The connection between food and happiness began at an early age for Jody. Her mother was an adventurous cook and passed along an appreciation for European cooking, and, more importantly, European living. When Jody Adams graduated from Brown University with a degree in anthropology, Jody took her first culinary position as part-time help to Nancy Verde Barr, a food writer and teacher. In her apprenticeship, Jody assisted in the classroom and helped test recipes for Nancy’s cookbook on Italian immigrant cooking, We Called It Macaroni (Knopf, 1991).
After deciding on a career in the restaurant business, Jody worked her way through the ranks of Boston’s best restaurants. She began as a line cook at Seasons restaurant in the famed Bostonian Hotel under chef Lydia Shire in 1983. Three years later, she helped open Hamersley’s Bistro with Gordon Hamersley as his sous chef. In 1990, she took the executive chef position at Michela’s in Cambridge. While at Michela’s, Jody developed her reputation for carefully-researched regional menus that combined New England ingredients with Italian culinary traditions.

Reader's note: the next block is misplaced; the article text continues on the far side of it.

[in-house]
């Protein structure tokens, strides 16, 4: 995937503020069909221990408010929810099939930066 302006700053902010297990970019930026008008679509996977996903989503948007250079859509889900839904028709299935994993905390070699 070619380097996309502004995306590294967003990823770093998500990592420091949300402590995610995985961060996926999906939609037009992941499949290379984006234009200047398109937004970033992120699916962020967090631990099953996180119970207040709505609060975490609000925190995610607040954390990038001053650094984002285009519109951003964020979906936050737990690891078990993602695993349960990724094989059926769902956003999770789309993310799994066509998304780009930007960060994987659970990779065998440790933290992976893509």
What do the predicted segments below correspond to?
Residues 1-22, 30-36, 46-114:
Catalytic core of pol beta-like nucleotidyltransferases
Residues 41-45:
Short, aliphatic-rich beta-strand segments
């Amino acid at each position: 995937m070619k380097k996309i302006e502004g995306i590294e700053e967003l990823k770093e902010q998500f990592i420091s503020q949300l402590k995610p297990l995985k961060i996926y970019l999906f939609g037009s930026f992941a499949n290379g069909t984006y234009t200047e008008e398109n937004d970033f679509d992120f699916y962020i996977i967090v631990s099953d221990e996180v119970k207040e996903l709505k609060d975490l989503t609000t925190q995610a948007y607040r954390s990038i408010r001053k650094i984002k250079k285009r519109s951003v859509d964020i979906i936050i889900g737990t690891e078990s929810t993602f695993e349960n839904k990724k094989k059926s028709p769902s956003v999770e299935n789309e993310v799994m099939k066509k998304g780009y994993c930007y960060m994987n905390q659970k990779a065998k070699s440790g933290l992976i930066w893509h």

“I have an enormous amount of respect for local cooking traditions. Regional cuisine has had time on its side – it’s taken centuries to figure out how to make the best of what’s available nearby. Technique on its own doesn’t count for much. A new technique or personal interpretation only becomes part of the tradition when it enhances the taste of the dish’s ingredients.